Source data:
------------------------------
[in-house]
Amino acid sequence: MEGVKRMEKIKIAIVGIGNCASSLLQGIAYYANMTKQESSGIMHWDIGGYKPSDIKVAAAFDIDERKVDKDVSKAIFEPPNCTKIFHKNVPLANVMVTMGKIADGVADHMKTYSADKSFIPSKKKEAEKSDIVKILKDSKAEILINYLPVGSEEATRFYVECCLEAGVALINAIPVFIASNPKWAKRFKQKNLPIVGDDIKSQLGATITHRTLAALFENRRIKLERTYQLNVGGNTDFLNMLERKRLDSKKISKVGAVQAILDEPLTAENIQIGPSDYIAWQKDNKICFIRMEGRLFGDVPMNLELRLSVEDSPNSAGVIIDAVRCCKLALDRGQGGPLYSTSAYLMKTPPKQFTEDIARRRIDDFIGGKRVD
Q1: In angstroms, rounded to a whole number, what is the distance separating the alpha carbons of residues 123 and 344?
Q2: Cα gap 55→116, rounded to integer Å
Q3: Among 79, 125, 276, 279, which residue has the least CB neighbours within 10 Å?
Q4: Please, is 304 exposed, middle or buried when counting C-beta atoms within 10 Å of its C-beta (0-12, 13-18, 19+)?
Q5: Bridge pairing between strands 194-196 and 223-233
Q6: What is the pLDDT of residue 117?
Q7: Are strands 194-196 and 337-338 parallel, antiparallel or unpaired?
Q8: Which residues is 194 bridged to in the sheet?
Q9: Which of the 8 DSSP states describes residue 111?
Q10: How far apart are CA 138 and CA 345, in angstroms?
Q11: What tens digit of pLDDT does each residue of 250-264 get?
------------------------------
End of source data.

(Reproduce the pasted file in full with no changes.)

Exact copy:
[in-house]
Amino acid sequence: MEGVKRMEKIKIAIVGIGNCASSLLQGIAYYANMTKQESSGIMHWDIGGYKPSDIKVAAAFDIDERKVDKDVSKAIFEPPNCTKIFHKNVPLANVMVTMGKIADGVADHMKTYSADKSFIPSKKKEAEKSDIVKILKDSKAEILINYLPVGSEEATRFYVECCLEAGVALINAIPVFIASNPKWAKRFKQKNLPIVGDDIKSQLGATITHRTLAALFENRRIKLERTYQLNVGGNTDFLNMLERKRLDSKKISKVGAVQAILDEPLTAENIQIGPSDYIAWQKDNKICFIRMEGRLFGDVPMNLELRLSVEDSPNSAGVIIDAVRCCKLALDRGQGGPLYSTSAYLMKTPPKQFTEDIARRRIDDFIGGKRVD
Q1: In angstroms, rounded to a whole number, what is the distance separating the alpha carbons of residues 123 and 344?
Q2: Cα gap 55→116, rounded to integer Å
Q3: Among 79, 125, 276, 279, which residue has the least CB neighbours within 10 Å?
Q4: Please, is 304 exposed, middle or buried when counting C-beta atoms within 10 Å of its C-beta (0-12, 13-18, 19+)?
Q5: Bridge pairing between strands 194-196 and 223-233
Q6: What is the pLDDT of residue 117?
Q7: Are strands 194-196 and 337-338 parallel, antiparallel or unpaired?
Q8: Which residues is 194 bridged to in the sheet?
Q9: Which of the 8 DSSP states describes residue 111?
Q10: How far apart are CA 138 and CA 345, in angstroms?
Q11: What tens digit of pLDDT does each residue of 250-264 get?